It is confusing, and unnecessarily so, I think! Personally, I don't see any need to assume that the 'double' first cohort existed within the legions much after the departure of the primus pilus in the later 3rd century. Vegetius talks about it as part of his 'antique legion', of course.

Hepworth's intention, I think, was to explain the appearance of centenarii and ducenarii in the legion, and try to follow Vegetius, by having them as primi ordines centurions within the first cohort. However, there are no ducenarii known in the legions - I believe it was a title reserved for men elevated from the centurionate to the protectores. Centenarii are unknown too, except in the one possible case I mentioned above.

Field army legion detachments probably did not involve the first cohort anyway (inscription CIL 08, 08440 has cohorts 7 and 10 of II Herculia on campaign in Mauretania); ordinarii filled all 'centurion' posts in the frontier and field armies (and were also appointed as praepositi to command detachments); protectores were removed from the legion structure and granted the title ducenarius, although they too (apparently) could command field army detachments, as Florius Baudio seems to have done with the troops of the his former legion, II Italica Div, in AD312...

So much of this stuff rests on hypothesis, but that seems the best rationale for it I've heard so far!

Incidentally, I don't know who J.R Hepworth was, or even if the author was male or female! They seem to have produced nothing other than this very insightful 1963 thesis - does anyone know more?
Copac gives "John Robert Hepworth". Checked only superficially, no other publications under that name. Quite surprising given Hepworth's supervisors were the big names, John Mann and Eric Birley, and he got support from Kurt Stade at Münster.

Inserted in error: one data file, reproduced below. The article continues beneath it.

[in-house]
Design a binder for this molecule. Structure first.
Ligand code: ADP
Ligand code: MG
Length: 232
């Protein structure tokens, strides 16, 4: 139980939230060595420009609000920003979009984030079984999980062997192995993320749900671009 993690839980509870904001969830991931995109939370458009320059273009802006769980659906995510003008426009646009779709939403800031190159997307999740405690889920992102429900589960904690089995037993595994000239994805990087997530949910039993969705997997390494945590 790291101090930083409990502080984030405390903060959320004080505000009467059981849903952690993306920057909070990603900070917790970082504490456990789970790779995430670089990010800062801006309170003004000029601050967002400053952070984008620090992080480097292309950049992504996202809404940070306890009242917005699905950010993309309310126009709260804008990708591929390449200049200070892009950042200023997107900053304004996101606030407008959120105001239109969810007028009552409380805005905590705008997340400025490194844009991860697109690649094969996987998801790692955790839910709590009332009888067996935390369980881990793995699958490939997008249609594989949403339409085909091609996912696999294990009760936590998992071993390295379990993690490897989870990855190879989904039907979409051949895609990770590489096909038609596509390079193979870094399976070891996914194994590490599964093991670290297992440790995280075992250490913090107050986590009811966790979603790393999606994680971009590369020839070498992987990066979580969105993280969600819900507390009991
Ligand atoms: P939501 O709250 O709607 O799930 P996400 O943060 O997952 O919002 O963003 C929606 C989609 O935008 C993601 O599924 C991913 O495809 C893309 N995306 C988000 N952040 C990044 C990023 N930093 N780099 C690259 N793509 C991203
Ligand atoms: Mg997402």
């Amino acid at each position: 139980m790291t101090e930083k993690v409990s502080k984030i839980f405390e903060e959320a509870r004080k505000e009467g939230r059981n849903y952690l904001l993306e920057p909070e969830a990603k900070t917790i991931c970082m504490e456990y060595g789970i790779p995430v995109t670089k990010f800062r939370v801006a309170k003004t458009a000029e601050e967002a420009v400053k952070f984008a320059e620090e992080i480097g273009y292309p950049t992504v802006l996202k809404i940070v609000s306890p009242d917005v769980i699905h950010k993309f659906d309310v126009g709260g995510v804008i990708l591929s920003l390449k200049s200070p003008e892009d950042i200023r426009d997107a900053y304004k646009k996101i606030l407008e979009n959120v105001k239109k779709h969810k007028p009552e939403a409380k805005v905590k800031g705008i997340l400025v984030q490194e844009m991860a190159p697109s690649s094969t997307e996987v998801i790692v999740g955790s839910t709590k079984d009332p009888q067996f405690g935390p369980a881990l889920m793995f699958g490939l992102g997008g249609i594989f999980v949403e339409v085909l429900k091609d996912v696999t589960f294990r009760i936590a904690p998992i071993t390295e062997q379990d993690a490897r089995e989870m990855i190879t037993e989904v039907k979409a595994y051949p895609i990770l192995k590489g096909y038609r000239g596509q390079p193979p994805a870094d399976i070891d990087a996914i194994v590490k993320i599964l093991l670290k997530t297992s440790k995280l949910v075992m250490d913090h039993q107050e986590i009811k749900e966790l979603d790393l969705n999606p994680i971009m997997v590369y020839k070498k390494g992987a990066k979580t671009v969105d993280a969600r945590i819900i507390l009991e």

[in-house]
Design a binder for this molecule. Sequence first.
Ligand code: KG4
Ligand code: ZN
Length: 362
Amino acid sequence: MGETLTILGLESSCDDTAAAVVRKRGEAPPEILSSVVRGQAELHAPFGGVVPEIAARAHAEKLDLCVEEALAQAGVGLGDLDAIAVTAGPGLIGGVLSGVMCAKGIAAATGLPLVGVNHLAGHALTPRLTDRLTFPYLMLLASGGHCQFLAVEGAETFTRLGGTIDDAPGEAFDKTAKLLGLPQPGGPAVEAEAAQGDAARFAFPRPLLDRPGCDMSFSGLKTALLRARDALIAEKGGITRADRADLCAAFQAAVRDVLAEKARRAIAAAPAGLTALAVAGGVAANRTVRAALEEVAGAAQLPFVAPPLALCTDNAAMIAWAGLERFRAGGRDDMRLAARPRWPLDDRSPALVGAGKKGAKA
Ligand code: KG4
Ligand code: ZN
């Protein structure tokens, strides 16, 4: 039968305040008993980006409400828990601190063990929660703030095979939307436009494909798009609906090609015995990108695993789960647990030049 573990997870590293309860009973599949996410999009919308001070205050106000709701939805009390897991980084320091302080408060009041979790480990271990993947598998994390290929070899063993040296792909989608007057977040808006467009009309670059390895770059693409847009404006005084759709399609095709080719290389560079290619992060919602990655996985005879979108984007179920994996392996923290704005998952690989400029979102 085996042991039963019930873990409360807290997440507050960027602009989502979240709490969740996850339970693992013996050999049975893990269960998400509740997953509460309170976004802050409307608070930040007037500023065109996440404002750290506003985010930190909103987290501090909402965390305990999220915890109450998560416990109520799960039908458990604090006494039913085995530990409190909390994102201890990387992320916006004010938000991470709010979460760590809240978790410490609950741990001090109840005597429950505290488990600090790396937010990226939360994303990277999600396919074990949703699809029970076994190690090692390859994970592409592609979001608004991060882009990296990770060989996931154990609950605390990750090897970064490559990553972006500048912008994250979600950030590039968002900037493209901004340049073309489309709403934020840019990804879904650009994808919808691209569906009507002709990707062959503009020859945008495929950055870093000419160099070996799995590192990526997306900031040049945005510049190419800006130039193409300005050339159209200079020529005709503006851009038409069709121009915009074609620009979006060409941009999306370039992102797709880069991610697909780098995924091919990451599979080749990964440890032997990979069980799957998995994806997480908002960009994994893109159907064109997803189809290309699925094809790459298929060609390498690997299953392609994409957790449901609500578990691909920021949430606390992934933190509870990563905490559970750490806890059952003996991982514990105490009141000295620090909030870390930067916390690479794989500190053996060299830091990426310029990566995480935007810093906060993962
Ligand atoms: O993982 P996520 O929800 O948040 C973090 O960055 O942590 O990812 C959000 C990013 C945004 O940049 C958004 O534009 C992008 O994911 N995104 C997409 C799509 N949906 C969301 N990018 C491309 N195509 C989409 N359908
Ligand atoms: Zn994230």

Quote:Hepworth's intention, I think, was to explain the appearance of centenarii and ducenarii in the legion, and try to follow Vegetius, by having them as primi ordines centurions within the first cohort. However, there are no ducenarii known in the legions

Hepworth states on pg 31 that the primi ordines were ducenarii
Quote:Thus if the centurions of the other nine cohorts were upgraded to the status of centenarii, one would expect those in the first cohort to hold ducenarian rank.
He then cites CIL V 1721 as a proof.

It does seem that he tries to force the notion that (at least in the third century) primi ordines centurions are commanding vexillations. I mean, what else were they doing? But, I don't think he makes a large enough distinction between the ad-hoc nature of the third century arrangements and the fourth century where the field army and frontier armies are separate entities and legionary cohorts are no longer rotating from one to the other. And I agree that whatever the original purpose of a double-sized first cohort was, that had changed by the late third century.


Quote:Incidentally, I don't know who J.R Hepworth was